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User experience to the fore in African media

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Shifting consumer preferences, advances in technology and ongoing disruption to business models are the new strategic imperative for entertainment and media (E&M) companies is to turn customers into fans.

Significant shifts are underway in how Africa’s E&M companies compete and generate value, as the quality of the experience they deliver to consumers becomes their primary basis for strategic differentiation and revenue growth.

To thrive in a marketplace that is increasingly competitive and crowded, companies are focusing on implementing strategies and building capabilities to engage with consumers. This is according to PwC’s ‘Entertainment and media outlook: 2017 – 2021: An African perspective’ released today.

By 2021 total E&M revenue in South Africa is expected to reach R177.9 billion, up from R132.7 billion in 2016. Internet access remains the key growth driver and will account for R27 billion of this increase. The fastest growing sectors will be virtual reality (VR) and e-sports compounded annually at 72.6% and 39.6%, although these segments are still new revenue lines and remain the smallest in terms of absolute revenue numbers. Although overall growth in revenue will hold up, it is expected to slow down by the end of 2021.

The Outlook is a comprehensive source of analyses and five-year forecasts of consumer and advertising spending across five countries (South Africa, Nigeria, Kenya, Ghana and Tanzania) and 14 segments: Internet, data consumption, television, cinema, video games, e-sports, virtual reality, newspaper publishing, magazine publishing, book publishing, business-to-business publishing, music, out-of-home, and radio.

“Companies that wish to capture value amid shifting consumer preferences and business model disruptions must focus on an increasingly prominent source of competitive advantage: the user experience. They must harness technology and data to attract, retain and engage users–and convert them into devoted fans,” says Vicki Myburgh, Entertainment and Media Industry Leader for PwC Southern Africa. These imperatives assume a larger importance because, as we document in the Outlook, the entertainment and media industry is confronting several challenges to continued top-line growth.

Digital spend will continue to drive the overall growth. Nearly 40% of total spend will be derived from Internet access in revenue. South Africa’s mobile Internet penetration is forecast to rise to 77.8% by the end of 2021 from 52.3% in 2016. This increased Internet penetration will drive mobile Internet access revenues, which are projected to grow by a CAGR of 10.7% to nearly R62 billion.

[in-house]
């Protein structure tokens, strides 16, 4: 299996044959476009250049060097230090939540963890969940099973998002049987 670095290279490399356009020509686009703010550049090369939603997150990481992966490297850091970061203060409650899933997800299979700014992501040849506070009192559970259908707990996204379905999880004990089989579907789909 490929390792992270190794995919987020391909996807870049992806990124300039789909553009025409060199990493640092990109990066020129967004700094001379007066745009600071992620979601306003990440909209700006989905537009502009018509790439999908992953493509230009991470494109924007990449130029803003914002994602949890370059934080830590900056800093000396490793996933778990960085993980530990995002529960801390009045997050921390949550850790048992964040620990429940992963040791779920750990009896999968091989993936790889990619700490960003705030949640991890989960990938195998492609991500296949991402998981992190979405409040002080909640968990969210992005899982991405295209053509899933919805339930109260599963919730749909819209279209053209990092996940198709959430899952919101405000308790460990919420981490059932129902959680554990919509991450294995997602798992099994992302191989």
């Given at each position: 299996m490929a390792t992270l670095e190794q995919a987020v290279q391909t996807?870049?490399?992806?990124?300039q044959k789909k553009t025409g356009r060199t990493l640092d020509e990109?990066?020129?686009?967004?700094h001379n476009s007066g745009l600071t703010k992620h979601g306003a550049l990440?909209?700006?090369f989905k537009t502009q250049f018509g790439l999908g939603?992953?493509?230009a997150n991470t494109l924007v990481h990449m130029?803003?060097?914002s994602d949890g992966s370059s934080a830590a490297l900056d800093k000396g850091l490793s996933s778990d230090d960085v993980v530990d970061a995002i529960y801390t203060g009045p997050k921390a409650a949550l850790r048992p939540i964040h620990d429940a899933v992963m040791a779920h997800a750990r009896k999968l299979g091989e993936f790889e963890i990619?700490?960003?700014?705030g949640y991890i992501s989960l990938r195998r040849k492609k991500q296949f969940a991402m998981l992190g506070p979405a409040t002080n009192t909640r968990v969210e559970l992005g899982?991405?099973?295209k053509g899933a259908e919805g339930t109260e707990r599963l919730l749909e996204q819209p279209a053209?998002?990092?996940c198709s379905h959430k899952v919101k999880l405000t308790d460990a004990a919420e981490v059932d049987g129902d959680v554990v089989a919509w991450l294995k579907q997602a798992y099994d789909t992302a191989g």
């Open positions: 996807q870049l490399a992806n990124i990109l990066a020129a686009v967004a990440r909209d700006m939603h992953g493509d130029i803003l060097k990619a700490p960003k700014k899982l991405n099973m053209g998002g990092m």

South Africa can expect a CAGR of 7.2% for consumer revenue over the forecast period, rising from R87.4 billion in 2016 to R123.7 billion in 2021. The largest contributor will be Internet access, with a 48% share in 2016 rising to 56% in 2021.

South Africa continues to remain the largest TV market on the African continent, with total revenues of R40.9 billion in 2016. The total TV market is estimated to be worth R51.2 billion by 2021. At this time, end-user spending (Pay-TV subscriptions, physical and Internet home video and licence fees) will account for 56.7% of the total TV market.

The video game market is also performing well and revenue is forecast to grow at a CAGR of 15.4% to reach R5.4 billion in 2021, up from R2.6 billion in 2016. The primary growth driver in the video games market is social/casual gaming revenue, which will be worth R3.7 billion by 2021. Furthermore, the console and PC markets are experiencing a significant shift towards digital and online/micro transaction revenue, which will exceed physical sales for the first time in 2020.

The growing interest in gaming is helping to fuel the rapid growth in the related segment of VR and e-sports. As a segment that only reached consumers in 2016, almost the entire VR market is new. According to the Outlook, the consumer VR content market will be worth R455 million by 2021. Of this, R282 million will be spending on VR video.

Alongside video, the B2B market is showing continued growth. In 2016 revenues grew by 3.8% to R9.7 billion and by 2021 this is forecast to rise to R11 billion, a CAGR of 2.6%. The slowdown in growth is largely attributable to ongoing macroeconomic challenges which are likely to weigh on B2B revenues.

The South African cinema sector currently presents a mixed picture. Overall revenue, including box office and cinema advertising, is expected to reach R2.2 billion in 2021, up from R1.9 billion in 2016. South Africa continues to be an attractive destination for international filmmakers. Although some short-term economic and political issues are impacting the film sector, it is expected in the long term to continue to expand.